Anderson has been in the fortunate position to witness the evolution of the scene over four decades in the industry. He must therefore, be a genuine authority on how rock ‘n’ roll has shifted and changed over time.

“That’s not as easy as it may seem to answer,” he says. “I may be opening myself up for the Old Fogey award, but I don’t think rock ‘n’ roll is represented in its truest form [today] – everything’s rock ‘n’ roll. Well, everything isn’t!

“Rock ‘n’ roll is a very clearly defined genre of music. The term rock ‘n’ roll is derived from black people wanting to describe the sexual act. Rockin’ n rollin’ is like boogie woogie, it can all trace its origins back to sex… It has to syncopate, it has to shuffle, it has to swing. [Modern bands] rock, but they don’t roll.”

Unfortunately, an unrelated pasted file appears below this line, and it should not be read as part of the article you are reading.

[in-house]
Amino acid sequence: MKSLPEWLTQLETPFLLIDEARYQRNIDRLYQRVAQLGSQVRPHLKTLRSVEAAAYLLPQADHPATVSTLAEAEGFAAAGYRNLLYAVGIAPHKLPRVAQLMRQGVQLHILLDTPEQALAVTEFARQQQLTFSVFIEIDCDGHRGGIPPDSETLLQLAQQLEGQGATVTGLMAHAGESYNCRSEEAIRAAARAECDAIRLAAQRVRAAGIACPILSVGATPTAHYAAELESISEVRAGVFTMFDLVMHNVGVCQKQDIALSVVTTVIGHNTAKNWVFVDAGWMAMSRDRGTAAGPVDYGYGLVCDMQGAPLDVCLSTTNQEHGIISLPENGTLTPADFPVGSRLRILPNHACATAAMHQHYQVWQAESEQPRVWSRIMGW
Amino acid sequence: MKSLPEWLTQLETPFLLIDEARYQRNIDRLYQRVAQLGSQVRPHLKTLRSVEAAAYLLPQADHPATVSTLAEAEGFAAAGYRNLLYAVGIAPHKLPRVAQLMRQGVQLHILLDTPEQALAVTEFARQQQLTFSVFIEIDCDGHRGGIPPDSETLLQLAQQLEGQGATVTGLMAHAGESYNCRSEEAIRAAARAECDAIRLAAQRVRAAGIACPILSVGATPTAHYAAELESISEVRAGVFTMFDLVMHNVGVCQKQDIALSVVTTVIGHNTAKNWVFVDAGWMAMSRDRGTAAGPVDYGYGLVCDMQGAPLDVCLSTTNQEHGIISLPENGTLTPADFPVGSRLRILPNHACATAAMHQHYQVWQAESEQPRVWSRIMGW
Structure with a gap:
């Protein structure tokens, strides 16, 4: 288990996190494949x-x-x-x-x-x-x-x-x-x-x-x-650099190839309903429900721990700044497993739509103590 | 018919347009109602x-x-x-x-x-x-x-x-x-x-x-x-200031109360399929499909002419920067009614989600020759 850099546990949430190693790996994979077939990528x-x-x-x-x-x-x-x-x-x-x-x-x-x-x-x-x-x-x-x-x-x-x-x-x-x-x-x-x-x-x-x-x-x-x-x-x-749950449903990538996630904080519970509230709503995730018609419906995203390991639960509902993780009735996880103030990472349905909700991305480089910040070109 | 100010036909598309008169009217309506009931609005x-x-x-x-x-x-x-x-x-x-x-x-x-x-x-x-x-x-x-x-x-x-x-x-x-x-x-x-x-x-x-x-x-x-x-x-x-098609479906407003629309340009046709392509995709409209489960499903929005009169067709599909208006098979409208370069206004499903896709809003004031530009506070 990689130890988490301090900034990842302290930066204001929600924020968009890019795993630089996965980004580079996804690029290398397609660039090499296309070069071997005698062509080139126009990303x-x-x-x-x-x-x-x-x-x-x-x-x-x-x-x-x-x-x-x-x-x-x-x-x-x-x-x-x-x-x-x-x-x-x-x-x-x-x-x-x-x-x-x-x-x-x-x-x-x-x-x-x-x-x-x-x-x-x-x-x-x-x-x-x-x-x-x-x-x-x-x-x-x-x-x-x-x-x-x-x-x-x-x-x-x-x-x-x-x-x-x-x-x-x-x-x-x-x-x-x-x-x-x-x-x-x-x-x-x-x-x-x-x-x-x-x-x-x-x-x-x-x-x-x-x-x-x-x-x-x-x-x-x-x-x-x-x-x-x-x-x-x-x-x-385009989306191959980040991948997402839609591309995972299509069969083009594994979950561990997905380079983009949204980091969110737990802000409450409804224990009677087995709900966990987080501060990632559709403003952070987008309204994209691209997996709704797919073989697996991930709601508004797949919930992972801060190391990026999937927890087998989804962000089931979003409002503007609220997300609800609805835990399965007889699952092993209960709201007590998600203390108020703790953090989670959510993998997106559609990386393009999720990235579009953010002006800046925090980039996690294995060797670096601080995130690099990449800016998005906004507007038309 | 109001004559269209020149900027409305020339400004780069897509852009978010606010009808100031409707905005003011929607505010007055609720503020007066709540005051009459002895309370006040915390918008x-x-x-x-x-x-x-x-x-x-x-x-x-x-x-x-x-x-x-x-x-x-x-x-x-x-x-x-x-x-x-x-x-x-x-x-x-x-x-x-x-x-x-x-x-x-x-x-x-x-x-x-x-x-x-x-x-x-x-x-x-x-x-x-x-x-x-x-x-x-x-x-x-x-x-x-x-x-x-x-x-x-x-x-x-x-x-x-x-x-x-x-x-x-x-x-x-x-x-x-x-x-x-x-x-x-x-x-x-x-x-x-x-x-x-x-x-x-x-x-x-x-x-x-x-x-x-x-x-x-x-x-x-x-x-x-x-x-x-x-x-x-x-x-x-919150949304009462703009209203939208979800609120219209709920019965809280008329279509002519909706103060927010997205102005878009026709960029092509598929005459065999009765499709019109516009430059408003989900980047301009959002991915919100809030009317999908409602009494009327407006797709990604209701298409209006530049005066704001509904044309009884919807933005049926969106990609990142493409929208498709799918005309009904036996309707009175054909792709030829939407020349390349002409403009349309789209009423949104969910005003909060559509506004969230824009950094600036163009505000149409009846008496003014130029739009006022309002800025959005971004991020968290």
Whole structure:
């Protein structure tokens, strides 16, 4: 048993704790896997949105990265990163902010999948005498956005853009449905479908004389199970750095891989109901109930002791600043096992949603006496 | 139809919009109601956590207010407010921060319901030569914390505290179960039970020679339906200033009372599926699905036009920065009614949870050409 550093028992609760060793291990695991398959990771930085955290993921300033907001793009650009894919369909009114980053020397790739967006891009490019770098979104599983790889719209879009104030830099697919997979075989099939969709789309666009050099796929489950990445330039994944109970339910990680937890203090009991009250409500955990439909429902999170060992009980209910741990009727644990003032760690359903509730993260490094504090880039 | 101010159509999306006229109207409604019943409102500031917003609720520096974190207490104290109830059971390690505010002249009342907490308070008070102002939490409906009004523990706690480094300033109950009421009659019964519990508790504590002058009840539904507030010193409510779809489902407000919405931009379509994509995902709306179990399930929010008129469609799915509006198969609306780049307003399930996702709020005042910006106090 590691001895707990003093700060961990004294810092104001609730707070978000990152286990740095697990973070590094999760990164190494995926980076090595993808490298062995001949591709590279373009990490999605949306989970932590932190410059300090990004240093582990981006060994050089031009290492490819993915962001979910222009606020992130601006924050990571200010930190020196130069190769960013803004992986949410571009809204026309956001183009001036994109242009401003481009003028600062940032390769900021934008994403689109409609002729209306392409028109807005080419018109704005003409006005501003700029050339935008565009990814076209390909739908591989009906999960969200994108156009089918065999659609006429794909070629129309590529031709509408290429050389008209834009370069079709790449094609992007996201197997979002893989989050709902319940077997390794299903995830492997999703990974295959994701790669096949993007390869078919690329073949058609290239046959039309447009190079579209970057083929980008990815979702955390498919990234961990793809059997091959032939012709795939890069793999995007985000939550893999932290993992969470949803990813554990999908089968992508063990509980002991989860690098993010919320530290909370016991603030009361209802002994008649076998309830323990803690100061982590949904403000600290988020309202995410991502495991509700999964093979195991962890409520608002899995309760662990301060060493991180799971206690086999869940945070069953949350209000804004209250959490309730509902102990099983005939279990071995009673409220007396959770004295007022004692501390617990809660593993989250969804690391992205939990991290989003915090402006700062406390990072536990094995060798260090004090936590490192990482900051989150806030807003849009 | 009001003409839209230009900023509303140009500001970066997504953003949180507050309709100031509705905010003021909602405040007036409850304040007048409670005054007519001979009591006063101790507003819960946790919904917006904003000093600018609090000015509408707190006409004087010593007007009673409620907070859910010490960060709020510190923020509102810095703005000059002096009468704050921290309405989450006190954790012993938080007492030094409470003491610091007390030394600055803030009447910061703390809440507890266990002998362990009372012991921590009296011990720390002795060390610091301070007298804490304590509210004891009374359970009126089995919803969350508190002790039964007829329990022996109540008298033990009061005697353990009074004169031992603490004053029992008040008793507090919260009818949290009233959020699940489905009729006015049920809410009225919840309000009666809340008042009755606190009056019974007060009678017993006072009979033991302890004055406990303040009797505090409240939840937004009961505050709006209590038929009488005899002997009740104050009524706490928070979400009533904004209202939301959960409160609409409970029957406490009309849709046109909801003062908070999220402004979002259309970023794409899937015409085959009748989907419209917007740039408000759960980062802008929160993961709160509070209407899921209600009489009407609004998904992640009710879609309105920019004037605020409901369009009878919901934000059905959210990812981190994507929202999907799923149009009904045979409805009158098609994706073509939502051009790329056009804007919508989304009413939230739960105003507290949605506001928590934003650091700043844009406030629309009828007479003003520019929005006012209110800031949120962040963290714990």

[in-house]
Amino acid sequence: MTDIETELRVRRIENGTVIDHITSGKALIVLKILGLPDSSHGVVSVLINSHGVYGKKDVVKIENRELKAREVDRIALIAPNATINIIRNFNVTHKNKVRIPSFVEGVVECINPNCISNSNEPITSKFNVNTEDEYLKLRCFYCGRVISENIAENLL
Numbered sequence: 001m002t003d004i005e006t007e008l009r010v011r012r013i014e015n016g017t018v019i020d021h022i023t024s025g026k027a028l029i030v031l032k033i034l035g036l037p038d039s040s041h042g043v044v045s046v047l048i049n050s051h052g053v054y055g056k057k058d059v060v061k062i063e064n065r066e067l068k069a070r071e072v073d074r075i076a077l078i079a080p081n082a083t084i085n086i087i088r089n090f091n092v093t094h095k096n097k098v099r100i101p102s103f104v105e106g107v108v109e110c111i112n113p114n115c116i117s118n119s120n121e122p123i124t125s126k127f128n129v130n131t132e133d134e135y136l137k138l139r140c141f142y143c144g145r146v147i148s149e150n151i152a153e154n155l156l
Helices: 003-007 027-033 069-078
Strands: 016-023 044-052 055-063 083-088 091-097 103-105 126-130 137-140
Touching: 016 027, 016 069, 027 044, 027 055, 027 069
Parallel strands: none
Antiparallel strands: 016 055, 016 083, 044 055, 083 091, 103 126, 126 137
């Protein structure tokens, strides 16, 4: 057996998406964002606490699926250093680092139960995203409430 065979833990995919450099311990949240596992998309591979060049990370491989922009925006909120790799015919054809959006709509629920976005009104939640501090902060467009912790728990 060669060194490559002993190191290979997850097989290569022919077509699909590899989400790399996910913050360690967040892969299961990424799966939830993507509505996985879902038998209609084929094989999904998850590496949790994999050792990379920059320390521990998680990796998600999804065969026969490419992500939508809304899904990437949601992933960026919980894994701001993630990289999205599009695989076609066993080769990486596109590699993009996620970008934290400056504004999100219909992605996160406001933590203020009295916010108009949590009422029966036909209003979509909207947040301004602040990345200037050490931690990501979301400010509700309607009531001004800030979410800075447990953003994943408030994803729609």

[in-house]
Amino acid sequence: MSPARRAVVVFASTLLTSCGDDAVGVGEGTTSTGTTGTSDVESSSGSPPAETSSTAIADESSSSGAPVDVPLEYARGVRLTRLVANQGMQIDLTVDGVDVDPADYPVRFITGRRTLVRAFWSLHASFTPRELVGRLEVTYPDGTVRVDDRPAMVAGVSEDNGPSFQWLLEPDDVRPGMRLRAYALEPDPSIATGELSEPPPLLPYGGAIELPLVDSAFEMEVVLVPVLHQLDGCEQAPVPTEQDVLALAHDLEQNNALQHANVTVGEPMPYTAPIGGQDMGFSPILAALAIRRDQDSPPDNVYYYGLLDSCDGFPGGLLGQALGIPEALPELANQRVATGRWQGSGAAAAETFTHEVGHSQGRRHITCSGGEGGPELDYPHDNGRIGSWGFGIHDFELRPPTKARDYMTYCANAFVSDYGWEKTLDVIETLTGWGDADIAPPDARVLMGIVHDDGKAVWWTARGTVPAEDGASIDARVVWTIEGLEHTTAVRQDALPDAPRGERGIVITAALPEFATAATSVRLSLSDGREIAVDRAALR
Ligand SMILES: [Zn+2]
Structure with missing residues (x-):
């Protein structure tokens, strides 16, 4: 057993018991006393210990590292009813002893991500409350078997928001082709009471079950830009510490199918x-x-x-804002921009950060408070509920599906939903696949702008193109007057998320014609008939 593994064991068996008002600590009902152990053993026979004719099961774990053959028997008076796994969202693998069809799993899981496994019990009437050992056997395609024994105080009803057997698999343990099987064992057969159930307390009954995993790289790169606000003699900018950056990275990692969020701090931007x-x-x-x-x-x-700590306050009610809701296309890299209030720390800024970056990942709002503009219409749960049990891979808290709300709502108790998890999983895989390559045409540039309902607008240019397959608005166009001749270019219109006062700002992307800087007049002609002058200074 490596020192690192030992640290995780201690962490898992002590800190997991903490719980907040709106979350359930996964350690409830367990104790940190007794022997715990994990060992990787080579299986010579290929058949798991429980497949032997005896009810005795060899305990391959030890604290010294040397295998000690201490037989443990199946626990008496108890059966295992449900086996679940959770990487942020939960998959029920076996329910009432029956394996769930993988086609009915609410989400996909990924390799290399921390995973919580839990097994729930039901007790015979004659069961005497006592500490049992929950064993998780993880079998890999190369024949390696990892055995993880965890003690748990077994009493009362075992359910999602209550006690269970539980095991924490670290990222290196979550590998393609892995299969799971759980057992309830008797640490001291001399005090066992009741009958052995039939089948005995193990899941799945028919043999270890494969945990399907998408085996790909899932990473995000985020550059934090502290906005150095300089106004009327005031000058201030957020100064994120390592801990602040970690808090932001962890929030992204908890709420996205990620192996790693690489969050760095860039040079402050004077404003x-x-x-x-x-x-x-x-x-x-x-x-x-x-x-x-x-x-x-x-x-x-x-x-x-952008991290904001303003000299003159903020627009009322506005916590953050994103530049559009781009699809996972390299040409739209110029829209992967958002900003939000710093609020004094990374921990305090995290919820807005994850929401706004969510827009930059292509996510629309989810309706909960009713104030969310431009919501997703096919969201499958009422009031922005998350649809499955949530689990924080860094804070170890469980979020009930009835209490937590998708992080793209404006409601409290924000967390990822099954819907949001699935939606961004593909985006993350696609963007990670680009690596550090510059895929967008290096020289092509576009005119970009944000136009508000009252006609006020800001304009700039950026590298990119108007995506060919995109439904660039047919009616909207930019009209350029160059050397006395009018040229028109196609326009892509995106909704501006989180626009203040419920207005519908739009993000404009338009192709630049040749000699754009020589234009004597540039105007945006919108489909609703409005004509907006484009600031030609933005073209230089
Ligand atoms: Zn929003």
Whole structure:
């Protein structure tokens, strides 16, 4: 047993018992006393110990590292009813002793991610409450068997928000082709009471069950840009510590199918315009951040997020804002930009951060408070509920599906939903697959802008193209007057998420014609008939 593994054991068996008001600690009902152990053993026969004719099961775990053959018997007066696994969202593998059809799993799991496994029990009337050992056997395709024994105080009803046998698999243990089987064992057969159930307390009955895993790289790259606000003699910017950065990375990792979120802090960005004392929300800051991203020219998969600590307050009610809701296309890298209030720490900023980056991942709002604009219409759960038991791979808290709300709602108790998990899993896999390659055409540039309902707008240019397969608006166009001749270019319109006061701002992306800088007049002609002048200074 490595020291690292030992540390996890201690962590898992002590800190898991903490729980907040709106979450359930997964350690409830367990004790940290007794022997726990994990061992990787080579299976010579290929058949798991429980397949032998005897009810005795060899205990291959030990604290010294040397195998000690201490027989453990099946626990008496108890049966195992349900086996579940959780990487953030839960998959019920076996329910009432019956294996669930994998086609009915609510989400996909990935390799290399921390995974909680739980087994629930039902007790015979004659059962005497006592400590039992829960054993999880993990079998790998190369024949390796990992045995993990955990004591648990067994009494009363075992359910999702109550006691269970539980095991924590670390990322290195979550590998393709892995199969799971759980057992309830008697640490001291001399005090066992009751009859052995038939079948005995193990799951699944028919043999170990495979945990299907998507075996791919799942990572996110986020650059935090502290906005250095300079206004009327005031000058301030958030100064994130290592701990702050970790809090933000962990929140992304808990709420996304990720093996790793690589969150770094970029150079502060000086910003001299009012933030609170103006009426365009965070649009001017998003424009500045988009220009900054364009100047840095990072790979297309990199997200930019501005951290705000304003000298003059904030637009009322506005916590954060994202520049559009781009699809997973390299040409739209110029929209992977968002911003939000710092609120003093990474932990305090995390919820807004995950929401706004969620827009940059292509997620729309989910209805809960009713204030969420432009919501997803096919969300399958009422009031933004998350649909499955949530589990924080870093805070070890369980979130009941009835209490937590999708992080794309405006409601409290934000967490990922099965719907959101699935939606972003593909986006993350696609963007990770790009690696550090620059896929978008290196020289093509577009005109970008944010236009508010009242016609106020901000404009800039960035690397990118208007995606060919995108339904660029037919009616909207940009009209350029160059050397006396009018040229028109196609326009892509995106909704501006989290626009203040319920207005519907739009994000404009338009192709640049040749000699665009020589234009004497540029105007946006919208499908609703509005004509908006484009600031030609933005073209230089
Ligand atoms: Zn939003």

For Anderson, the genre’s always been an instinctive thing, something buried in the bones that the Tatts appropriated and teased out of their listeners.

“The reason that people can’t resist it is because it’s a natural rhythm,” he says. “It’s derived from the black feel of music which has got a history that goes back hundred and hundreds – if not thousands – of years of interpreting the natural body grooves, not only in song but in dance.”

Somewhat ironically, he still has a bugbear for the most prominent genre in modern music; one that’s also core to black cultural expression through music. It’s a frustration that seconds his self-nomination for the Old Fogey Award.